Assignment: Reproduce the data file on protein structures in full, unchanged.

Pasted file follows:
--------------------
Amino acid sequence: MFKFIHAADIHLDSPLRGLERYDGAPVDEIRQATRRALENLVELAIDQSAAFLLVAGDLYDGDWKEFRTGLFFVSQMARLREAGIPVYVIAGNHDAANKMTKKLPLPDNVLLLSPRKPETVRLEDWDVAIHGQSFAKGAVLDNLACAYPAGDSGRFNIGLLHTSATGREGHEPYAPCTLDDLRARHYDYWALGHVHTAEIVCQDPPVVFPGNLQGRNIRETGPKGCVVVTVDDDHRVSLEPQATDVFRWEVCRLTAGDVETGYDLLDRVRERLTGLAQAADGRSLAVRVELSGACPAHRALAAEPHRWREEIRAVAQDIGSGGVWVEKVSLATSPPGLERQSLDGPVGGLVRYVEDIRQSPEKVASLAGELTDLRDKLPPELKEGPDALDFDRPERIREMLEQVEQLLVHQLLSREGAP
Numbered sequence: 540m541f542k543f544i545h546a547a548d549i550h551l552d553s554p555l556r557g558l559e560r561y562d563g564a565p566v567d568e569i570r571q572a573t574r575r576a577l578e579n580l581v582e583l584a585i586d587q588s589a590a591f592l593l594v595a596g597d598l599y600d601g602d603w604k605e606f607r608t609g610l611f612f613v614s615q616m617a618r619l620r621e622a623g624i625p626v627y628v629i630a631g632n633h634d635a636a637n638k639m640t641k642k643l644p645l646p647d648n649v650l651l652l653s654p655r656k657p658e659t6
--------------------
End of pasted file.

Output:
Amino acid sequence: MFKFIHAADIHLDSPLRGLERYDGAPVDEIRQATRRALENLVELAIDQSAAFLLVAGDLYDGDWKEFRTGLFFVSQMARLREAGIPVYVIAGNHDAANKMTKKLPLPDNVLLLSPRKPETVRLEDWDVAIHGQSFAKGAVLDNLACAYPAGDSGRFNIGLLHTSATGREGHEPYAPCTLDDLRARHYDYWALGHVHTAEIVCQDPPVVFPGNLQGRNIRETGPKGCVVVTVDDDHRVSLEPQATDVFRWEVCRLTAGDVETGYDLLDRVRERLTGLAQAADGRSLAVRVELSGACPAHRALAAEPHRWREEIRAVAQDIGSGGVWVEKVSLATSPPGLERQSLDGPVGGLVRYVEDIRQSPEKVASLAGELTDLRDKLPPELKEGPDALDFDRPERIREMLEQVEQLLVHQLLSREGAP
Numbered sequence: 540m541f542k543f544i545h546a547a548d549i550h551l552d553s554p555l556r557g558l559e560r561y562d563g564a565p566v567d568e569i570r571q572a573t574r575r576a577l578e579n580l581v582e583l584a585i586d587q588s589a590a591f592l593l594v595a596g597d598l599y600d601g602d603w604k605e606f607r608t609g610l611f612f613v614s615q616m617a618r619l620r621e622a623g624i625p626v627y628v629i630a631g632n633h634d635a636a637n638k639m640t641k642k643l644p645l646p647d648n649v650l651l652l653s654p655r656k657p658e659t6